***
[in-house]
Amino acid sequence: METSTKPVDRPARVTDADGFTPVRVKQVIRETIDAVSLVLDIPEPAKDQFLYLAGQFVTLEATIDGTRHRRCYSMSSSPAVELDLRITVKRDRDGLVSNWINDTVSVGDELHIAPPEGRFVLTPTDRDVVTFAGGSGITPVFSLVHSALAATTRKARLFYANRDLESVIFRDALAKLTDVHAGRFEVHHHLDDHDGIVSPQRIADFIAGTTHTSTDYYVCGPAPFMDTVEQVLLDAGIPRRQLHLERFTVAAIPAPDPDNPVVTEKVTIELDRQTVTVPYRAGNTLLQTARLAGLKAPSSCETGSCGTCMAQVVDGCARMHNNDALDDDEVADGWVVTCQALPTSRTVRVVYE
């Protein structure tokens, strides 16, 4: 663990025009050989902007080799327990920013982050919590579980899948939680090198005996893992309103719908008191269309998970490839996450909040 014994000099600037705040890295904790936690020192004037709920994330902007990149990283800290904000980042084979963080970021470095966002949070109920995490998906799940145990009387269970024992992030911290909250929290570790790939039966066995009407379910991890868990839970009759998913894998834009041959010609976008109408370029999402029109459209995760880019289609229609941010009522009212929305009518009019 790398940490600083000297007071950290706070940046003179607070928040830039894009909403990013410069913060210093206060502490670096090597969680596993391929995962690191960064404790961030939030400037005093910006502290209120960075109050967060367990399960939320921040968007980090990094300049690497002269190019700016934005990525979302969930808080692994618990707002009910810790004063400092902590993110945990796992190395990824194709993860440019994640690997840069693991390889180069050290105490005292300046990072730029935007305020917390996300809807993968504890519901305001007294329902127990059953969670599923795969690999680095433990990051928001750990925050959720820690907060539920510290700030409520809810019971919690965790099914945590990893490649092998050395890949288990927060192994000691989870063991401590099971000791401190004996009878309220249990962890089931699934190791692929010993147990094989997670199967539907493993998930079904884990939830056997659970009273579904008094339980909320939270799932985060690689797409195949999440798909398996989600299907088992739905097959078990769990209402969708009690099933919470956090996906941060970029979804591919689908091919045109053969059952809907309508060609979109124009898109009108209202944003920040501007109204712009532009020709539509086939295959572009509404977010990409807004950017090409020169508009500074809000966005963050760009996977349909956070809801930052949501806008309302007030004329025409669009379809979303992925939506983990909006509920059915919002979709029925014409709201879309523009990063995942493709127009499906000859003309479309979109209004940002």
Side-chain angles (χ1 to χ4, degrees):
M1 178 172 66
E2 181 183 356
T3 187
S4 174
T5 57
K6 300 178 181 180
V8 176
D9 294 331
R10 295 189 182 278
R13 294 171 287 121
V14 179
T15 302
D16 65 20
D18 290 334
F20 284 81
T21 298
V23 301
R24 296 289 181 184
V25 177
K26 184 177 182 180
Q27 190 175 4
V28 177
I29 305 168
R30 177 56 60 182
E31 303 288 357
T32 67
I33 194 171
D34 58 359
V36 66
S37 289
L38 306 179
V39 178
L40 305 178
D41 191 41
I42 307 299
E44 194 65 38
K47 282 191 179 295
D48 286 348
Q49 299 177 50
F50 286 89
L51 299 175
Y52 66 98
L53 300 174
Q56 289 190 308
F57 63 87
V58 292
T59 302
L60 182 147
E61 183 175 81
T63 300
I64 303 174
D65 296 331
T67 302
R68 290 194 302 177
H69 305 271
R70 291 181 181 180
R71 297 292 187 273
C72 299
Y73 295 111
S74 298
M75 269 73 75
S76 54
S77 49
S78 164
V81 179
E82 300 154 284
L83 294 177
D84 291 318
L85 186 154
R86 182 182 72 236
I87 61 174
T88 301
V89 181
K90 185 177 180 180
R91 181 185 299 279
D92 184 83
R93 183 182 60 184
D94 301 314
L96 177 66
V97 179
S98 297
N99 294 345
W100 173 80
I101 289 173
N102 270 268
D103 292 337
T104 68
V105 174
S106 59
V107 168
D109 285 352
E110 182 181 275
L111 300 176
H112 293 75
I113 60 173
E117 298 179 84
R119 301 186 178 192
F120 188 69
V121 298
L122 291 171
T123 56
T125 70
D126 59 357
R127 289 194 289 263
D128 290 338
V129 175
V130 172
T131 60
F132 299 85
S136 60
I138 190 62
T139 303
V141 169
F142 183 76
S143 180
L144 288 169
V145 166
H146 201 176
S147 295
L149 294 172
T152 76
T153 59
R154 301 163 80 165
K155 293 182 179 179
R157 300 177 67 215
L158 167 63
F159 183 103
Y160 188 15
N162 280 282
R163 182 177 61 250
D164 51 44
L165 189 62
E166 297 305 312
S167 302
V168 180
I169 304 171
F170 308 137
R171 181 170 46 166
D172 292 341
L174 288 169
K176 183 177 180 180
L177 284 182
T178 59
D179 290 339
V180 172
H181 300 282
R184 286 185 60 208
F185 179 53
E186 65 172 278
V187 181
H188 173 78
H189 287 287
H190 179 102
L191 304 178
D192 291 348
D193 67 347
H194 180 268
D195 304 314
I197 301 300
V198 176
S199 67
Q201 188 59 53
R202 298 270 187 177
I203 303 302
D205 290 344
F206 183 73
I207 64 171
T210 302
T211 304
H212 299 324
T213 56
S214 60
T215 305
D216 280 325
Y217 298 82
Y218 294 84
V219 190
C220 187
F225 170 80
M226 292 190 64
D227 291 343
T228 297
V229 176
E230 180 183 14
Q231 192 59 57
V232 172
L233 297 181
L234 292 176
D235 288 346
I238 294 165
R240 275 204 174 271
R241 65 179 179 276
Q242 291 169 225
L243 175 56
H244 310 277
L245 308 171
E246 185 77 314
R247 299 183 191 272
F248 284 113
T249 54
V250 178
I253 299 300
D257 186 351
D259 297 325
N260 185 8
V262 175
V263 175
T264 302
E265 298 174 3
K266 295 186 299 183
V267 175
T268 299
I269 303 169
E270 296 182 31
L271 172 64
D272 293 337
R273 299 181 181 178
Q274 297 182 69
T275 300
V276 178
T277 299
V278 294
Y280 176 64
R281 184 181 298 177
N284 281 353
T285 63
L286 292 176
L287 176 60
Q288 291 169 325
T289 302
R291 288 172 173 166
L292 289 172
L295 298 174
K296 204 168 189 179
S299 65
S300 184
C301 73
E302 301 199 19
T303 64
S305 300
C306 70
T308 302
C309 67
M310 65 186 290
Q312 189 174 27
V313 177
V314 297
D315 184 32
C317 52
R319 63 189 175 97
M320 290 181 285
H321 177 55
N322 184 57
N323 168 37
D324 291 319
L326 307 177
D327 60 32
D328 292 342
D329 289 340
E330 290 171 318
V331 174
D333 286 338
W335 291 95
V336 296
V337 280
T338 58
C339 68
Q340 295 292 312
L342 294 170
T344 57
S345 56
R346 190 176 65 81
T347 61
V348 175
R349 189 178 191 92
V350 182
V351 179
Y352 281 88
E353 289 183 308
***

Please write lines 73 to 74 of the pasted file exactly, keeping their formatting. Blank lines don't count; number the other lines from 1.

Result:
L85 186 154
R86 182 182 72 236